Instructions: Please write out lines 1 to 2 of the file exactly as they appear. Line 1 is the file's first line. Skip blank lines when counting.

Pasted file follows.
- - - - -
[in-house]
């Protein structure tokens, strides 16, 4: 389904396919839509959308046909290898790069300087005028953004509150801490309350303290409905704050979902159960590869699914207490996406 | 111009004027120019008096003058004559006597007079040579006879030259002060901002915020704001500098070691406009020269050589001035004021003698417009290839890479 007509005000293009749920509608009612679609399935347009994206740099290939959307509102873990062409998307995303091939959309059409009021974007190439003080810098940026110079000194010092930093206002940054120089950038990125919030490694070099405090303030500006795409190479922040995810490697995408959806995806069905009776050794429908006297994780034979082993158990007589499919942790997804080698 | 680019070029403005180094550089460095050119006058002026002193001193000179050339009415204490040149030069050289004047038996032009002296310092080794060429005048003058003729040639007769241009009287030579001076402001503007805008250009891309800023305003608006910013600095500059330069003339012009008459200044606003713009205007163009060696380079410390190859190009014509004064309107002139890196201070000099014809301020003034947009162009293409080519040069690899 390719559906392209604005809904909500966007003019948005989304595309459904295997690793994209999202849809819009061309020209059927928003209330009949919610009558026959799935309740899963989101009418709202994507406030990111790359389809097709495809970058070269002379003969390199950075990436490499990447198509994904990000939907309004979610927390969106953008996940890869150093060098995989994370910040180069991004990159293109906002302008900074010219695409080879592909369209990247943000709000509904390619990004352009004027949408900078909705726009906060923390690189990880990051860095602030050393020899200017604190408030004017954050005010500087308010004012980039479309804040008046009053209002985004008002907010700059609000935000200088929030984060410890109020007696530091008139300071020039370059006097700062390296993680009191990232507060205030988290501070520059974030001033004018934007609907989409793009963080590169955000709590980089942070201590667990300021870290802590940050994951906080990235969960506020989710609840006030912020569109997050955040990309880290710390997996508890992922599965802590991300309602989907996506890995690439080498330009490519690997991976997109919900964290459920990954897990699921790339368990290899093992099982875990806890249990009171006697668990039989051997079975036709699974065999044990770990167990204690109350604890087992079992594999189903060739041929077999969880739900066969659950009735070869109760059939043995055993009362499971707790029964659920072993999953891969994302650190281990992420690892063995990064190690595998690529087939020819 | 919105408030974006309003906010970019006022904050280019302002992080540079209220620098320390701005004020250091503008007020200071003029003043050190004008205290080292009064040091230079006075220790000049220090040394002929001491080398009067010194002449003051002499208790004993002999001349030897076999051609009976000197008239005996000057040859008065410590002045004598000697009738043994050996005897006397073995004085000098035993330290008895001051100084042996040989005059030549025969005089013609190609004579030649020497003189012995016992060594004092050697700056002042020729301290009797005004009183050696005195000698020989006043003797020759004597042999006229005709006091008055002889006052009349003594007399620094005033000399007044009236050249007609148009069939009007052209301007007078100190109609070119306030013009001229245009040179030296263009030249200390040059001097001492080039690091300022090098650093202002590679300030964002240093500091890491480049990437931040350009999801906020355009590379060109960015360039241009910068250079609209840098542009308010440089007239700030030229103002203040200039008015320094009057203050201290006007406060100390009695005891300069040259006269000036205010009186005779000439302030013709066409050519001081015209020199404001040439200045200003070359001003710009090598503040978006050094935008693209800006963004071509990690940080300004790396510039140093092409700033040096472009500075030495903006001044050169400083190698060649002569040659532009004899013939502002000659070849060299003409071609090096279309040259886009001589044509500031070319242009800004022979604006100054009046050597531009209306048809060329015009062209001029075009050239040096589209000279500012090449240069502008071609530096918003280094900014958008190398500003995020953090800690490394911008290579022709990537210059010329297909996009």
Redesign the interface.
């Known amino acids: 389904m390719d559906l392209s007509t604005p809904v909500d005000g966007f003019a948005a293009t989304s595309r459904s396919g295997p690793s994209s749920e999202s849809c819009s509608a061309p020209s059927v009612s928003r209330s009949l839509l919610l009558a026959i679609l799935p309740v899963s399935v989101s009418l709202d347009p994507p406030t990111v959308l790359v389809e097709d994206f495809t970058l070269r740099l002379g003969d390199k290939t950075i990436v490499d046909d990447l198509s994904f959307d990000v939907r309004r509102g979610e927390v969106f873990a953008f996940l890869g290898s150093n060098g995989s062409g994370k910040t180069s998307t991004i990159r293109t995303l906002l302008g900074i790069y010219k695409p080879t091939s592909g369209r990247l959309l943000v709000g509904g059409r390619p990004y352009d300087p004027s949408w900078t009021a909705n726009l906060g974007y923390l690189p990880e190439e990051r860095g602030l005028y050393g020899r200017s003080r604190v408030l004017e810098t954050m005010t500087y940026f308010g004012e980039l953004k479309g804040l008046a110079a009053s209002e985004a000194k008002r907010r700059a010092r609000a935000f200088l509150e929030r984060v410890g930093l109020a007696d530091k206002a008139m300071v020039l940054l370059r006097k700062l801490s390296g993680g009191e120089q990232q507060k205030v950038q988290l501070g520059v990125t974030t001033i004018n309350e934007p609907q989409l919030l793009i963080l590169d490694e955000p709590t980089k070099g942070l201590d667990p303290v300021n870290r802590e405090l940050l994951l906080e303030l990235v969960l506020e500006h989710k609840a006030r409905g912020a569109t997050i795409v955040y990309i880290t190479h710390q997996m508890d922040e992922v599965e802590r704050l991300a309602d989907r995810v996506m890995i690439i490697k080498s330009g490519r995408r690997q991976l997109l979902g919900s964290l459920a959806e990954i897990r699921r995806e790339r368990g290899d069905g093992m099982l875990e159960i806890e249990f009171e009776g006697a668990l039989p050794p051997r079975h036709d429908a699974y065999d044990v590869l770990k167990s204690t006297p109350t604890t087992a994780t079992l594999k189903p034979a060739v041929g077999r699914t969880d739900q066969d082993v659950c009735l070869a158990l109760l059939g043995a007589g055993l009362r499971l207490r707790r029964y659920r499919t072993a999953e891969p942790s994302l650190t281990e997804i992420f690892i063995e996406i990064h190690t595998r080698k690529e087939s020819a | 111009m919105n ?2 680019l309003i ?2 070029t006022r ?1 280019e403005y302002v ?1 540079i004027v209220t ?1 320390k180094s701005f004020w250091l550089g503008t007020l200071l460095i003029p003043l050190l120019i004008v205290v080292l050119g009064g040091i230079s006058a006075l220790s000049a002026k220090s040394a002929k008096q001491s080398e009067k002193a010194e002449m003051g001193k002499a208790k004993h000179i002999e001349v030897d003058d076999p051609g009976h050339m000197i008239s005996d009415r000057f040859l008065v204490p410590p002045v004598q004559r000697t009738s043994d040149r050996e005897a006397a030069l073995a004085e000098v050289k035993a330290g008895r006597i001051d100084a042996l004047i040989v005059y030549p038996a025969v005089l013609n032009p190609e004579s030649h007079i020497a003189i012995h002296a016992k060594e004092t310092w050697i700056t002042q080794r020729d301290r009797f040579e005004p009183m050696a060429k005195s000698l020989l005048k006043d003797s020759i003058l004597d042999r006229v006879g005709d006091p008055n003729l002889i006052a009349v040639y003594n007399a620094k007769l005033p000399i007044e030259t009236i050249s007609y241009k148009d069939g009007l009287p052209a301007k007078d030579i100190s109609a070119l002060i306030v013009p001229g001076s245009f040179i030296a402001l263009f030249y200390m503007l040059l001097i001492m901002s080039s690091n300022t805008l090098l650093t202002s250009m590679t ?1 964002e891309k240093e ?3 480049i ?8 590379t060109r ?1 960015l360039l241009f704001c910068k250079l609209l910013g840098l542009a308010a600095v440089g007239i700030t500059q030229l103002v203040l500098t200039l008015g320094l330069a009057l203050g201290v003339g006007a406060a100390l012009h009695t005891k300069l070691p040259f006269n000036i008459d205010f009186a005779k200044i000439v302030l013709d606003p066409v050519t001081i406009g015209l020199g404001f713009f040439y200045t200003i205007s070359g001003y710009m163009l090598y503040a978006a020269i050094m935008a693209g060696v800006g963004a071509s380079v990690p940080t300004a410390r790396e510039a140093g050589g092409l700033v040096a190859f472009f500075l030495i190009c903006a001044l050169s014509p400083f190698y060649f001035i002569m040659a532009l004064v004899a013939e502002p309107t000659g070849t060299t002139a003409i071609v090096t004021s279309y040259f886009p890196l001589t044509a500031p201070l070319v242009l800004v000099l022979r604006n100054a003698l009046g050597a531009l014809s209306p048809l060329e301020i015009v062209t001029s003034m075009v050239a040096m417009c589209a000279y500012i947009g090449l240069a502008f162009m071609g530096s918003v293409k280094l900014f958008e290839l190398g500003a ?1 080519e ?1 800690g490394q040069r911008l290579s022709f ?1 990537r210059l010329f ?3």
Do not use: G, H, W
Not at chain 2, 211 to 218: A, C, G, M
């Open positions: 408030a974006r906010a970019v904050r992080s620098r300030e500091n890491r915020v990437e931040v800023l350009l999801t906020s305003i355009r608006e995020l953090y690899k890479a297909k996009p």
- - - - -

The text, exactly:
[in-house]
């Protein structure tokens, strides 16, 4: 389904396919839509959308046909290898790069300087005028953004509150801490309350303290409905704050979902159960590869699914207490996406 | 111009004027120019008096003058004559006597007079040579006879030259002060901002915020704001500098070691406009020269050589001035004021003698417009290839890479 007509005000293009749920509608009612679609399935347009994206740099290939959307509102873990062409998307995303091939959309059409009021974007190439003080810098940026110079000194010092930093206002940054120089950038990125919030490694070099405090303030500006795409190479922040995810490697995408959806995806069905009776050794429908006297994780034979082993158990007589499919942790997804080698 | 680019070029403005180094550089460095050119006058002026002193001193000179050339009415204490040149030069050289004047038996032009002296310092080794060429005048003058003729040639007769241009009287030579001076402001503007805008250009891309800023305003608006910013600095500059330069003339012009008459200044606003713009205007163009060696380079410390190859190009014509004064309107002139890196201070000099014809301020003034947009162009293409080519040069690899 390719559906392209604005809904909500966007003019948005989304595309459904295997690793994209999202849809819009061309020209059927928003209330009949919610009558026959799935309740899963989101009418709202994507406030990111790359389809097709495809970058070269002379003969390199950075990436490499990447198509994904990000939907309004979610927390969106953008996940890869150093060098995989994370910040180069991004990159293109906002302008900074010219695409080879592909369209990247943000709000509904390619990004352009004027949408900078909705726009906060923390690189990880990051860095602030050393020899200017604190408030004017954050005010500087308010004012980039479309804040008046009053209002985004008002907010700059609000935000200088929030984060410890109020007696530091008139300071020039370059006097700062390296993680009191990232507060205030988290501070520059974030001033004018934007609907989409793009963080590169955000709590980089942070201590667990300021870290802590940050994951906080990235969960506020989710609840006030912020569109997050955040990309880290710390997996508890992922599965802590991300309602989907996506890995690439080498330009490519690997991976997109919900964290459920990954897990699921790339368990290899093992099982875990806890249990009171006697668990039989051997079975036709699974065999044990770990167990204690109350604890087992079992594999189903060739041929077999969880739900066969659950009735070869109760059939043995055993009362499971707790029964659920072993999953891969994302650190281990992420690892063995990064190690595998690529087939020819 | 919105408030974006309003906010970019006022904050280019302002992080540079209220620098320390701005004020250091503008007020200071003029003043050190004008205290080292009064040091230079006075220790000049220090040394002929001491080398009067010194002449003051002499208790004993002999001349030897076999051609009976000197008239005996000057040859008065410590002045004598000697009738043994050996005897006397073995004085000098035993330290008895001051100084042996040989005059030549025969005089013609190609004579030649020497003189012995016992060594004092050697700056002042020729301290009797005004009183050696005195000698020989006043003797020759004597042999006229005709006091008055002889006052009349003594007399620094005033000399007044009236050249007609148009069939009007052209301007007078100190109609070119306030013009001229245009040179030296263009030249200390040059001097001492080039690091300022090098650093202002590679300030964002240093500091890491480049990437931040350009999801906020355009590379060109960015360039241009910068250079609209840098542009308010440089007239700030030229103002203040200039008015320094009057203050201290006007406060100390009695005891300069040259006269000036205010009186005779000439302030013709066409050519001081015209020199404001040439200045200003070359001003710009090598503040978006050094935008693209800006963004071509990690940080300004790396510039140093092409700033040096472009500075030495903006001044050169400083190698060649002569040659532009004899013939502002000659070849060299003409071609090096279309040259886009001589044509500031070319242009800004022979604006100054009046050597531009209306048809060329015009062209001029075009050239040096589209000279500012090449240069502008071609530096918003280094900014958008190398500003995020953090800690490394911008290579022709990537210059010329297909996009």